The patient advocate perspective

Finally, Adelman provided a patient perspective on publication extender development. She reaffirmed that patients need accessible materials to understand their disease, noting that inclusion of patient perspectives in publication extenders helps HCPs to truly understand the patient experience. Adelman shared that she was a patient author in an ophthalmology publication that was followed with a live podcast, and that participating in these activities made her feel that she was helping other people handle their own experiences better.

[Including] patient perspectives in publication extenders helps HCPs to truly understand the patient experience.

Guided poster tour: Plain Language Summary

On Day 2, the guided poster tour called out 4 posters covering the theme of Plain Language Summaries (presenting authors shown in bold):

  • Who are the authors of plain language summaries of publications? – Catherine Elliott, Jacqui Oliver, Lauren Manning, Rachel Jenkins, Joanne Walker, and Dawn Lobban.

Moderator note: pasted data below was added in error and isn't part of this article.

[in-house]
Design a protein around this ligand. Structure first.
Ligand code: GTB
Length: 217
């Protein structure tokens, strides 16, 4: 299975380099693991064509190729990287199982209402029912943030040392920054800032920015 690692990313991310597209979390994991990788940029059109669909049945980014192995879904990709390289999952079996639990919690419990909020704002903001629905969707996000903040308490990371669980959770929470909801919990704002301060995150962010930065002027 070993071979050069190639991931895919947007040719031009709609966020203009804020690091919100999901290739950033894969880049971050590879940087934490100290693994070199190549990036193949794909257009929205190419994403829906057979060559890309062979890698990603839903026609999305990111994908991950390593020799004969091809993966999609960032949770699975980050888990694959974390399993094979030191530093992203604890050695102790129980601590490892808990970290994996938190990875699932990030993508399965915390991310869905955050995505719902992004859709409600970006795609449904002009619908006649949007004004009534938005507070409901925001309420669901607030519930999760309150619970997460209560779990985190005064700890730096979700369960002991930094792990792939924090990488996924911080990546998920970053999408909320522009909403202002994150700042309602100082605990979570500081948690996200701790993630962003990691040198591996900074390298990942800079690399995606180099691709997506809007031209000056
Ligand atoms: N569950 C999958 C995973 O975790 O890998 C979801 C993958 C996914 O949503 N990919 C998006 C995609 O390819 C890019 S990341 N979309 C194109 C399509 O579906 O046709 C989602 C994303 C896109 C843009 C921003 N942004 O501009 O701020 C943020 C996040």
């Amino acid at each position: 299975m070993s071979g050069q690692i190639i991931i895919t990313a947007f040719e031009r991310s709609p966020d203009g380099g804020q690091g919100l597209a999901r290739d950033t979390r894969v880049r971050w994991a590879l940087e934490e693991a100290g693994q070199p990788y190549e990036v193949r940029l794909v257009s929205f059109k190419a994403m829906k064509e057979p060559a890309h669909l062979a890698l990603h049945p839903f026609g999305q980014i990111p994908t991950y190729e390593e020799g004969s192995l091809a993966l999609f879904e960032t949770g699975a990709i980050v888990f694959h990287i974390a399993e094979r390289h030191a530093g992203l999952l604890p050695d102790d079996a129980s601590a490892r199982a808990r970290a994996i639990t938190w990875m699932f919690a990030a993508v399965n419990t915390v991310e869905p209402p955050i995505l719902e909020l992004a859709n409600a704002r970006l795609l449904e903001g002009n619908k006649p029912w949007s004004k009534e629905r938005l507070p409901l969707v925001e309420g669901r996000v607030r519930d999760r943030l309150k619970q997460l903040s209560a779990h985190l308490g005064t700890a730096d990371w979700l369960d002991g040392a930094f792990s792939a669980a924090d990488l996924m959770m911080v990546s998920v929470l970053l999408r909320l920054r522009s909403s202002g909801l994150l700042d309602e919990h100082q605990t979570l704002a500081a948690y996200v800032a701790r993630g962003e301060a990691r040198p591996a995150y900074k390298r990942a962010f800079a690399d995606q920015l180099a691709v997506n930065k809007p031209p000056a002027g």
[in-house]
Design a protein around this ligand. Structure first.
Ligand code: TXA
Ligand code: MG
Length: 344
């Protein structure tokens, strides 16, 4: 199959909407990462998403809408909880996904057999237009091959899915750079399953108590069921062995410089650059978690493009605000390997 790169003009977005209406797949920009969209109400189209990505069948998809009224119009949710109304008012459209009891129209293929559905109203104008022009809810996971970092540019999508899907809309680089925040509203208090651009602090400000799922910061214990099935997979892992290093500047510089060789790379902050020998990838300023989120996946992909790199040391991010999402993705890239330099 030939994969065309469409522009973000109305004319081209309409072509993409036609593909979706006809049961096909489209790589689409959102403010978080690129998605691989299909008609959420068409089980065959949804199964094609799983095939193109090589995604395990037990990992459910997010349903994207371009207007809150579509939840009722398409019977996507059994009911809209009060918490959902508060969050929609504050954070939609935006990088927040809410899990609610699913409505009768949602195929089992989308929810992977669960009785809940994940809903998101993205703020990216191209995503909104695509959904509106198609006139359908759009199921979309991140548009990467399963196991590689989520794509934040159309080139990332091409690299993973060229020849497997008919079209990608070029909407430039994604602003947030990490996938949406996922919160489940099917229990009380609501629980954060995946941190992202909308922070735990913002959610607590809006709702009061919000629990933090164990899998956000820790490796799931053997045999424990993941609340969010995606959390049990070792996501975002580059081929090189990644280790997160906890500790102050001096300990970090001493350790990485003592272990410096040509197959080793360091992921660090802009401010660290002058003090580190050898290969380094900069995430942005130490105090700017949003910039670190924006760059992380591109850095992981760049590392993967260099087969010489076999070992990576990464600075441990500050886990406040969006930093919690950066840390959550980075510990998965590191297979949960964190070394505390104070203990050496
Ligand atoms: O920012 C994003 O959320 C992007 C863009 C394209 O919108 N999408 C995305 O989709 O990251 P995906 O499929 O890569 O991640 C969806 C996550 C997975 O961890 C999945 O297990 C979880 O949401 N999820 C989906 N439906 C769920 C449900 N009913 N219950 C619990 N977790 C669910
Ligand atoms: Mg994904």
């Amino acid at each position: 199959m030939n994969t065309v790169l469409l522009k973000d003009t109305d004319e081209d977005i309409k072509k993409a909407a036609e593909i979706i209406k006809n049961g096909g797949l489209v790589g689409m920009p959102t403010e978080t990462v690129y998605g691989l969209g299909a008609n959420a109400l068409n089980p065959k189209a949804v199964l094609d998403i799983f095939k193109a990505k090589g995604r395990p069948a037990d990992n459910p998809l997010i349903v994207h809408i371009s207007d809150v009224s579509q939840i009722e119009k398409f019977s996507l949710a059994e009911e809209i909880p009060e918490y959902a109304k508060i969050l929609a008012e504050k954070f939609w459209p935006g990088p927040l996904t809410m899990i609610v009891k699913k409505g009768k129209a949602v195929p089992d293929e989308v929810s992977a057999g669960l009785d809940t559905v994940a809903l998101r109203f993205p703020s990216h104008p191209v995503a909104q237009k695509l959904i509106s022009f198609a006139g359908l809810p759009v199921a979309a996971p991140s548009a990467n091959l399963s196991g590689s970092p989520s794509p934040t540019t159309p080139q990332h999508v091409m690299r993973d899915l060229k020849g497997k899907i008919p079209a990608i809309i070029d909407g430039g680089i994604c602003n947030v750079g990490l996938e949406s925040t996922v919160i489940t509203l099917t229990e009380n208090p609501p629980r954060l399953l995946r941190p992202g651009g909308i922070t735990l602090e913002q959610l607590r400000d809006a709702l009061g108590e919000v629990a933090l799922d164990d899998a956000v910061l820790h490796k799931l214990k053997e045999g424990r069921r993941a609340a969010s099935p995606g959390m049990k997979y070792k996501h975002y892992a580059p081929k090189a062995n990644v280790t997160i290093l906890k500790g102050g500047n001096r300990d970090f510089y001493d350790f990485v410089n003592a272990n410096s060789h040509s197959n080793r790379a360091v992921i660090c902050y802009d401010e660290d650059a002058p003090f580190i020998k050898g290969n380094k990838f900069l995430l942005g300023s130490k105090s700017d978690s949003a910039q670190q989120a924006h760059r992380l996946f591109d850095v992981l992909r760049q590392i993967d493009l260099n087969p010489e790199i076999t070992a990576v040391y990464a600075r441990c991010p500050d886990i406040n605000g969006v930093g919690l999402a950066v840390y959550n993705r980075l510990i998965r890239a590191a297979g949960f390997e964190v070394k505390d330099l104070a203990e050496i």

• Plain language summary formats: opinions and preferences of healthcare professionals – Caroline Halford, Matt Evans, Lydia Alborn, and Steve Winter.
  • Achieving health equity through shared decision making: evolution of plain language summaries (PLS) – Brittany Wolf Gianares, Raj Patel, Shivali Shah, Jennifer Ghith, Sam Garas, Christan Thomas, Kristine Schuler, Dean Campbell, Luciano Passador, Leah LaRue, and Martina Schwarzkopf.
  • Understanding the value of standalone plain language summaries of publications: updated findings from an online survey of readers – Jacqui Oliver, Dawn Lobban, Laura Dormer, Rachel Jenkins, and Joanne Walker.